Immunity under the Political Subdivisions Tort Claims Act absent “willful misconduct”
On August 19, 2015, in a personal injury action against three Philadelphia police officers, the jury returned a verdict finding one of the officers, defendant Peachey, committed the intentional torts of battery, assault, and false imprisonment/arrest, and awarded Plaintiff $33,700 in damages. The jury found the other officers not liable. After this verdict was returned, the trial court charged the jury with determining whether Peachey had committed willful misconduct in bringing about Cruz’s harm. The jury found no willful misconduct by Peachey, however the jury found that Peachey used excessive force in arresting Cruz without probable cause.
In a post-trial motion, Peachey requested the trial court enter judgment notwithstanding the verdict in his favor, arguing, as a matter of law, Peachey could not be liable for the intentional torts alleged where the jury found that he did not act with willful misconduct in bringing about Cruz’s harm. The trial court denied Peachey’s post-trial motion. According to the trial court, the jury’s finding that Peachey did not commit willful misconduct entitled Peachey to indemnification by the City of Philadelphia under the Tort Claims Act, but did not make Peachey immune from liability.
Peachey appealed the denial of his post-trial motion to the Commonwealth Court, arguing that absent a finding of willful misconduct, an employee has official immunity and has an entitlement to indemnity pursuant to the Political Subdivision Tort Claims Act (Tort Claims Act), 42 Pa. C.S. §§ 8541-8564, which generally provides an employee of a local agency is liable for civil damages caused only to the same extent as his or her employer, for acts within the scope of his or her office or duties and subject Section 8550 of the Tort Claims Act related to “Willful Misconduct”, which provides:
In any action against a local agency or employee thereof for damages on account of an injury caused by the act of the employee in which it is judicially determined that the act of the employee caused the injury and that such act constituted a crime, actual fraud, actual malice or willful misconduct, the provisions of sections 8545 (relating to official liability generally), 8546 (relating to defense of official immunity), 8548 (relating to indemnity) and 8549 (relating to limitation on damages) shall not apply.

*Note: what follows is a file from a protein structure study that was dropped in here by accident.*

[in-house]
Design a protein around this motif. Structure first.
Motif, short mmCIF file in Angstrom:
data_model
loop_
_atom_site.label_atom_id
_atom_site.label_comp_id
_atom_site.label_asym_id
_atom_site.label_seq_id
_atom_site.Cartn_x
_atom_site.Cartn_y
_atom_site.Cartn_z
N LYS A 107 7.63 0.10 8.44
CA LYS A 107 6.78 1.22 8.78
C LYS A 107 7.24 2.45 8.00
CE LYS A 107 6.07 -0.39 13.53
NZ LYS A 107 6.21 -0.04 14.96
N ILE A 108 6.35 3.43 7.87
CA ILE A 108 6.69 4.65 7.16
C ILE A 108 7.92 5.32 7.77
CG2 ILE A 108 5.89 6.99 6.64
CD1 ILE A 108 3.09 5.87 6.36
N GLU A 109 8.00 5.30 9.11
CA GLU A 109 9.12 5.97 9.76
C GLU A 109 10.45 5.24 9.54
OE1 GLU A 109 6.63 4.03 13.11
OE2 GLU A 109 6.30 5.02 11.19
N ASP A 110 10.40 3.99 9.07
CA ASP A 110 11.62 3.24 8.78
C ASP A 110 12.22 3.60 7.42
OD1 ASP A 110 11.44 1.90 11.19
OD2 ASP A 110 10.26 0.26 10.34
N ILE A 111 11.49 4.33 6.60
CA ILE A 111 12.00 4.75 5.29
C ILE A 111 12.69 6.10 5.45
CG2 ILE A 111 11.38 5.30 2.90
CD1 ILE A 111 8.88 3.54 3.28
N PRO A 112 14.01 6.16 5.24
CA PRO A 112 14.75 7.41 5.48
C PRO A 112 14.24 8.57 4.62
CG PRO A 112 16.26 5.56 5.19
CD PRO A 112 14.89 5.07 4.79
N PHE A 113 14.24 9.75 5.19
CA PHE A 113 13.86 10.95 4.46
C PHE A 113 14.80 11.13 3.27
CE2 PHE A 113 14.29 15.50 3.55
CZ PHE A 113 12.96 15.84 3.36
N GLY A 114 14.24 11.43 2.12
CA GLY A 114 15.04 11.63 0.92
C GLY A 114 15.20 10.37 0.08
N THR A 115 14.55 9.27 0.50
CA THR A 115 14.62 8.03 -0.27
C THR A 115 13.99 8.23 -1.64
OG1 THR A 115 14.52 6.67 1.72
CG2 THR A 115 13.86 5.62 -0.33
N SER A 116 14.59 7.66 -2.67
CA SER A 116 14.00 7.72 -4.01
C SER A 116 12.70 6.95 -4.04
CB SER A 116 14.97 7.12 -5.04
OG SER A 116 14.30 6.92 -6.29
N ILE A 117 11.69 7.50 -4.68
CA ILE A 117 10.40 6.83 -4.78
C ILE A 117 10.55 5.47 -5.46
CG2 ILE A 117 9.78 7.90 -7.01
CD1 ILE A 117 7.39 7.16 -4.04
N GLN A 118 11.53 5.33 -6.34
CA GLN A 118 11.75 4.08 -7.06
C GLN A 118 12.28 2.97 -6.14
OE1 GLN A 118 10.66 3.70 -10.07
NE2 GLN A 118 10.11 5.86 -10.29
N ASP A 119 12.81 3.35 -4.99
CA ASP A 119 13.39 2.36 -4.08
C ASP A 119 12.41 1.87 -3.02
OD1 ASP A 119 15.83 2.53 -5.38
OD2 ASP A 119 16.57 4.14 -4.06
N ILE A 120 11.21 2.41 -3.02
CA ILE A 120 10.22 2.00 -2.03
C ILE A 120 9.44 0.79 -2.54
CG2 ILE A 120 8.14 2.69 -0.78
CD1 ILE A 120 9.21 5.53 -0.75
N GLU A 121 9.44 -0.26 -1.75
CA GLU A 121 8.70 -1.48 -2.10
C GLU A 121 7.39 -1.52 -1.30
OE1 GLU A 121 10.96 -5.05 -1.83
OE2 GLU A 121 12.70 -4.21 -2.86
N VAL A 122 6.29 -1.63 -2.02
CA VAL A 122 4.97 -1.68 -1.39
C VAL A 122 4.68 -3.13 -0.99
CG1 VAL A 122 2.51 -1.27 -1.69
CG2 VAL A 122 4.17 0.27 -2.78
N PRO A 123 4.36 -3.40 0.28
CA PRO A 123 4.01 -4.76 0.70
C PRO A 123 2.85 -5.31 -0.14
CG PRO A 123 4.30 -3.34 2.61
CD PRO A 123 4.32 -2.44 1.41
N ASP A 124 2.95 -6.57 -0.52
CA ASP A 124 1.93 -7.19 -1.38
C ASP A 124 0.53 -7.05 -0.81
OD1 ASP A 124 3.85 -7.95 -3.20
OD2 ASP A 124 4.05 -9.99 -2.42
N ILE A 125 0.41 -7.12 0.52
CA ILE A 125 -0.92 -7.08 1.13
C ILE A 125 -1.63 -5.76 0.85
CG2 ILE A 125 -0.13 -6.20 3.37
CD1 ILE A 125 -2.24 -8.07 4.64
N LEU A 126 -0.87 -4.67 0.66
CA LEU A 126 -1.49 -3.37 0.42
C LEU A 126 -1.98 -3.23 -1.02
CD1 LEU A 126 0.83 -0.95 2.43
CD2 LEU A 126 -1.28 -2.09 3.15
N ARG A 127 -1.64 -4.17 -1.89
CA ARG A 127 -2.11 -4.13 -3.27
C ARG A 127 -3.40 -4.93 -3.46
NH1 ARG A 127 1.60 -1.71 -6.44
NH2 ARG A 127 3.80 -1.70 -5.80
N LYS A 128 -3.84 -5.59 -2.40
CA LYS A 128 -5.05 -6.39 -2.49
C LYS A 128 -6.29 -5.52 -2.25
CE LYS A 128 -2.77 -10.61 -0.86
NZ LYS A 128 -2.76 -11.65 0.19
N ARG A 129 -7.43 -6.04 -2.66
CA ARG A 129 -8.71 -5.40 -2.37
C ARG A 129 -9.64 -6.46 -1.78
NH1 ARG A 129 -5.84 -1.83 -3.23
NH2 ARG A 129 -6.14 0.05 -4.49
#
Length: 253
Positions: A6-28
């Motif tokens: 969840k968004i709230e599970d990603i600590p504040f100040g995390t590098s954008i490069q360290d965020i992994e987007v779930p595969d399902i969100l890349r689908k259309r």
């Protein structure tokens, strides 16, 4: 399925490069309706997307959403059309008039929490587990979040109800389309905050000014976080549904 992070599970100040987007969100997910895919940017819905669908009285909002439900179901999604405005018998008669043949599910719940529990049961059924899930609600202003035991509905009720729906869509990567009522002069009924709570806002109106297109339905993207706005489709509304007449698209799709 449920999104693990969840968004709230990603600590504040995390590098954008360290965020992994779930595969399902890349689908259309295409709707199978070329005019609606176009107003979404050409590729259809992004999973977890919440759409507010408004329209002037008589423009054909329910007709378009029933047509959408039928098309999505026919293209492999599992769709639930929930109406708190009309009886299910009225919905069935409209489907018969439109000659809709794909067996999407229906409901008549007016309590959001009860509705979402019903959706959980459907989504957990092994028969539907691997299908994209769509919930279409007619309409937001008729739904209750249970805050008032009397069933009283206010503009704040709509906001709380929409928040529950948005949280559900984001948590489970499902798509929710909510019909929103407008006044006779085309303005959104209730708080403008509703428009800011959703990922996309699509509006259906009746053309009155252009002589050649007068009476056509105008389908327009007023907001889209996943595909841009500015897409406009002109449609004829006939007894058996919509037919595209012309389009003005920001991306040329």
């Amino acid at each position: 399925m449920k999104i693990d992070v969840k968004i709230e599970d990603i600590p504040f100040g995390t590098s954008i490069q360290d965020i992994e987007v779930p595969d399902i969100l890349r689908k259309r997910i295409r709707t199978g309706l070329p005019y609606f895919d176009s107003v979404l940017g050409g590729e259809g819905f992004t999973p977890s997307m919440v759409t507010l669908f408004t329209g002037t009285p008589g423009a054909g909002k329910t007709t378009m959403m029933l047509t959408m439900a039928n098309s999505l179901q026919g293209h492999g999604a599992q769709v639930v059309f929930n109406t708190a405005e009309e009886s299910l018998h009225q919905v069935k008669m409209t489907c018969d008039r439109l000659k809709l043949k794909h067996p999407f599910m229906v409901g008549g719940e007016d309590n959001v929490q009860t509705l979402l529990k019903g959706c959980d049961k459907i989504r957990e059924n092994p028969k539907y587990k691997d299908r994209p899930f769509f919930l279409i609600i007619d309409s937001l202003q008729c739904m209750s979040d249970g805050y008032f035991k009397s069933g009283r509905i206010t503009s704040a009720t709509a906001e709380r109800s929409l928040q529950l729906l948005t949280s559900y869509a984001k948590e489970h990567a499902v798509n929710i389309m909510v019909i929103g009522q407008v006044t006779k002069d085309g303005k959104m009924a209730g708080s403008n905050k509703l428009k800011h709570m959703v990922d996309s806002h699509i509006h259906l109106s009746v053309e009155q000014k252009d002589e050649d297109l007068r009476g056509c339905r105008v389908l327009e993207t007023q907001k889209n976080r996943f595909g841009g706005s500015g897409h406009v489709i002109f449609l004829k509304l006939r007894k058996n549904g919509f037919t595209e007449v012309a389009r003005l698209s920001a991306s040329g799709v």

On appeal, the Commonwealth Court affirmed. Citing to its previous en banc decision, the Commonwealth Court noted its interpretation of the Pennsylvania Supreme Court decision of Renk v. City of Pittsburgh, 641 A.2d 289 (Pa. 1994), as rejecting the notion that an intentional tort is synonymous with “willful misconduct”, instead finding that “willful misconduct” as used in 42 Pa. C.S. § 8550 means willful misconduct aforethought.
The Commonwealth Court disagreed with Peachey’s conclusion that Renk stands for the proposition that there is no liability without willful misconduct under the Torts Claim Act, instead finding:
The Supreme Court in Renk clearly recognized that a police officer may be held liable for the intentional torts of assault and battery, and therefore not immune from liability, where a jury has determined that the force used in making an arrest was unnecessary or excessive, notwithstanding that jury’s determination that the police officer did not intentionally use such unnecessary or excessive force. Renk, 641 A.2d at 293-4. Likewise, the Supreme Court in Renk acknowledged that a police officer may be held liable for false arrest/imprisonment, and therefore not immune from liability, where a jury has determined that the police officer lacked probable cause to make such arrest, notwithstanding that jury’s determination that the police officer did not deliberately make such arrest knowing that he lacked probable cause to do so. Id. Cruz contends, correctly, that the interrogatory presented to the jury regarding willful misconduct was issued for the sole purpose of determining whether Peachey might seek indemnification from the City of Philadelphia, and cannot be interpreted as a finding on the issue of immunity. As the Trial Court explained in its Rule 1925(a) Opinion, it purposely separated the group of key issues as to whether Cruz had proven that any of the defendant police officers had committed the intentional torts of assault, battery, false imprisonment and any appropriate damages from the issue of whether Peachey acted with willful misconduct in bringing about Cruz’s harm.
Based on Renk, the Commonwealth Court found no error in the trial court’s denial of Peachey’s post-trial motion, concluding:
that the jury determined that while Peachey intentionally struck and detained Cruz, he subjectively felt that he could do so under these circumstances. The jury, as trier of fact, was free to draw the conclusion that Peachey’s actions, regardless of his subjective belief, were not justifiable in the instant matter. One can have an honest belief that his actions are justified. It is, however, within the jury’s province to find that such actions were not justified, despite the actor’s belief to the contrary. In such situations, under Renk, the trier of fact can find the officer not immune, but nevertheless not so unjustified in his subjective belief as to lose his right to indemnification.
The Supreme Court issued an order granting allocator to determine the issue presented by the petitioner:
Did [the] Commonwealth Court err in holding that a jury’s finding of intentional tort liability was sufficient to vitiate Officer Peachey’s immunity under the Political Subdivisions Tort Claims Act even though the jury found that he did not commit willful misconduct?